Why China Wants South China Sea
China’s assertive efforts to dominate this international waterway is a military strategy resulting in strained relations with the United States and other nations around the world. The Diplomat reports:
Beijing is interested in more than just energy and fishery resources. The area is also integral to its nuclear submarine strategy.
In an effort to underscore its importance to Asia, geostrategist Nicholas Spykman once described it as the ‘Asiatic Mediterranean.’ More recently, it has been dubbed the ‘Chinese Caribbean.’ And, just as Rome and the United States have sought control over the Mediterranean and Caribbean, China now seeks dominance over the South China Sea.
It’s clear that China’s claims and recent assertiveness have increased tensions in this key body of water. Yet while most attention has focused on Beijing’s appetite for fishery and energy resources, from a submariner’s perspective, the semi-closed sea is integral to China’s nuclear strategy. And without understanding the nuclear dimension of the South China Sea disputes, China’s maritime expansion makes little sense.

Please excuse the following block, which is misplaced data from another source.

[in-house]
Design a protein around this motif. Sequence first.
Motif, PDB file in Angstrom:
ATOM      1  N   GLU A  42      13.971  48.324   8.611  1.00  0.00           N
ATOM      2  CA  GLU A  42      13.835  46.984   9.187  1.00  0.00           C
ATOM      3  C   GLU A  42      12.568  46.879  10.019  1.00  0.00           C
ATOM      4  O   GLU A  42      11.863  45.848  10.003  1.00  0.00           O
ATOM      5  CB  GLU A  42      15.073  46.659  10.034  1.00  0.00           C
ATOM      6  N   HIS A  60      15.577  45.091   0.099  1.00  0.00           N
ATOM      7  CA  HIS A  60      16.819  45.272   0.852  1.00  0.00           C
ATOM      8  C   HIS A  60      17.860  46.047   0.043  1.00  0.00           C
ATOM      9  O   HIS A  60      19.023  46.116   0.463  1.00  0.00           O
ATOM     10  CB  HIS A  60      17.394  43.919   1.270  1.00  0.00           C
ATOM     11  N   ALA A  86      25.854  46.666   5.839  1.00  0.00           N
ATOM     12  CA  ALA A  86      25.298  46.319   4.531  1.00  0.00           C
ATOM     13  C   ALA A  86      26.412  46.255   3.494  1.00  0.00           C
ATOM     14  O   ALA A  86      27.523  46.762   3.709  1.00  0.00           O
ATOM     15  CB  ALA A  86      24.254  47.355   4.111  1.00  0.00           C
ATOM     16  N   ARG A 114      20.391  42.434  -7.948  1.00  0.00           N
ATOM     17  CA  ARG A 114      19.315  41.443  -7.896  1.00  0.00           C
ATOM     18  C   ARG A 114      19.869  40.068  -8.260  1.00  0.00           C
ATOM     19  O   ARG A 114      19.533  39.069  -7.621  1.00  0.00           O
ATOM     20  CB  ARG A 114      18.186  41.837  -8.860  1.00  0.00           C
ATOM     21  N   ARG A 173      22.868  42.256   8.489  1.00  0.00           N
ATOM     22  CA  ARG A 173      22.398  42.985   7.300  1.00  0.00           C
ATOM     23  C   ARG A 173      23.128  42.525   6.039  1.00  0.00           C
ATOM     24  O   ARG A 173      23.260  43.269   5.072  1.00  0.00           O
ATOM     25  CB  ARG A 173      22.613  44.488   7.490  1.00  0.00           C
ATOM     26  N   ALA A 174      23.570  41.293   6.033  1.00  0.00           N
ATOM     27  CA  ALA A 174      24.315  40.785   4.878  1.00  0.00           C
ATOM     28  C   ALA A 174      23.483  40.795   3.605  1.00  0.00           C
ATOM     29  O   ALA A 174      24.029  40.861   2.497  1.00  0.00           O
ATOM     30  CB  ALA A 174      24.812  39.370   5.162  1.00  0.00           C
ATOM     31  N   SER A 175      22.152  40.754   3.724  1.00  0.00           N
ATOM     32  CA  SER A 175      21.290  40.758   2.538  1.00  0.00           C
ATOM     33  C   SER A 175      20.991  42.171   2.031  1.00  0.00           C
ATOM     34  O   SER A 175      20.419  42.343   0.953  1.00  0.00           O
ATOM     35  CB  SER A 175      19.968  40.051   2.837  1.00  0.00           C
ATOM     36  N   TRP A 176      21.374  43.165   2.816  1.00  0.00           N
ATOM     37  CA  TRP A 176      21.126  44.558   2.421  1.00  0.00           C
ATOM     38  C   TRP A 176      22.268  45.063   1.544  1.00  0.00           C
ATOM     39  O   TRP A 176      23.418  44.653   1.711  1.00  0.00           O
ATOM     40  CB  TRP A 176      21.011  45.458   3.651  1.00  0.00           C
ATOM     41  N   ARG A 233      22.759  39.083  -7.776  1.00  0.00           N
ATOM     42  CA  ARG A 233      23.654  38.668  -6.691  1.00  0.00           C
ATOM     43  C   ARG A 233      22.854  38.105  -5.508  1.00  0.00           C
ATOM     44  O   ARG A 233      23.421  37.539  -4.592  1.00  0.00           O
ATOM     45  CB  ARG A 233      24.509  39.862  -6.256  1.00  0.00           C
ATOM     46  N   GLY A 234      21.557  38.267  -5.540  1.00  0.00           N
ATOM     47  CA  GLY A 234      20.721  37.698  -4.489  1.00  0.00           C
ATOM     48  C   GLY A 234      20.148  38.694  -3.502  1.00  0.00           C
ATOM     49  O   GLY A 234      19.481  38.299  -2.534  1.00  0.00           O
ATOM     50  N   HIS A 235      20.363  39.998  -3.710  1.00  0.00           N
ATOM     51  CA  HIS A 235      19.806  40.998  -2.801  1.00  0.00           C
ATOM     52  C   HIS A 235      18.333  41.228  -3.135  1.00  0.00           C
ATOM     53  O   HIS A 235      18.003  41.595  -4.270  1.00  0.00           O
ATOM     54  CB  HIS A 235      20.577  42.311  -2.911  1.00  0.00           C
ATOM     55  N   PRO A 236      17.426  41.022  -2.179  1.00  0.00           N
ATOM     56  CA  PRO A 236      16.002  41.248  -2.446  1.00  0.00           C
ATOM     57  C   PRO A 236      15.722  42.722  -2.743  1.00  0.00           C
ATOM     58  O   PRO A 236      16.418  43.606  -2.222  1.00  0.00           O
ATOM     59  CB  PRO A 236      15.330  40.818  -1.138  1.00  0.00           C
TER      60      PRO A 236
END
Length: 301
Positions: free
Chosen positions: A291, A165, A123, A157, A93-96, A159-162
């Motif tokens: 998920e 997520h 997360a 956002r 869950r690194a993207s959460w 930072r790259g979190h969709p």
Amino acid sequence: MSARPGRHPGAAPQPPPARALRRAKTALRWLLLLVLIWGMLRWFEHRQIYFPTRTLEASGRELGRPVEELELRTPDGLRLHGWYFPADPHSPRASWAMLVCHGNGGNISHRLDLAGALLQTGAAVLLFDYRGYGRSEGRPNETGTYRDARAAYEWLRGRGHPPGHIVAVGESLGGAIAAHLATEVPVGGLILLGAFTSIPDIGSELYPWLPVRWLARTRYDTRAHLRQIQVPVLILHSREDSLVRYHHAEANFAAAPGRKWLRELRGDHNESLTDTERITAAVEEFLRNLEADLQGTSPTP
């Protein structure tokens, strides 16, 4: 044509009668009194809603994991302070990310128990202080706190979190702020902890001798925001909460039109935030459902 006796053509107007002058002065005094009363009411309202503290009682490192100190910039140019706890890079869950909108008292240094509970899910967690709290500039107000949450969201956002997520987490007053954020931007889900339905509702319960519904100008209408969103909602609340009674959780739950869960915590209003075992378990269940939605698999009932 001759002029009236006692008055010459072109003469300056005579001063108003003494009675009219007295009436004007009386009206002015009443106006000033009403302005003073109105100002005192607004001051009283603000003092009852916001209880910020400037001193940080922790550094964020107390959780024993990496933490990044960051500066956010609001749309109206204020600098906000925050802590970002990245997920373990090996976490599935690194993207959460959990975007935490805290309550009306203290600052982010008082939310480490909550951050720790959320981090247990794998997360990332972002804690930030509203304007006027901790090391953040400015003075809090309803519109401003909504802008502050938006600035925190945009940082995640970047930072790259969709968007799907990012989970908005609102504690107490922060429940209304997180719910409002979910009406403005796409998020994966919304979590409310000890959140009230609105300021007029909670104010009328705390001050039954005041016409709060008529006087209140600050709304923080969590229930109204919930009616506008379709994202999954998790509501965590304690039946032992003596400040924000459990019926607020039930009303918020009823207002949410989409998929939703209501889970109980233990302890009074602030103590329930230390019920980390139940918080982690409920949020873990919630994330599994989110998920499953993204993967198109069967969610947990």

Possessing a credible sea-based nuclear deterrent is a priority for China’s military strategy. China’s single Type 092, or Xia-class, nuclear-powered ballistic missile submarine, equipped with short-range JL-1 submarine-launched ballistic missiles (SLBMs), has never conducted a deterrent patrol from the Bohai Sea since its introduction in the 1980s. However, China is on the verge of acquiring credible second-strike capabilities with the anticipated introduction of JL-2 SLBMs (with an estimated range of 8,000 kilometres) coupled with DF-31 and DF-31A road-mobile intercontinental ballistic missiles (ICBMs). In addition, China plans to introduce up to five Type 094, or Jin-class, SSBNs outfitted with the JL-2 missiles, while constructing an underwater submarine base on Hainan Island in the South China Sea.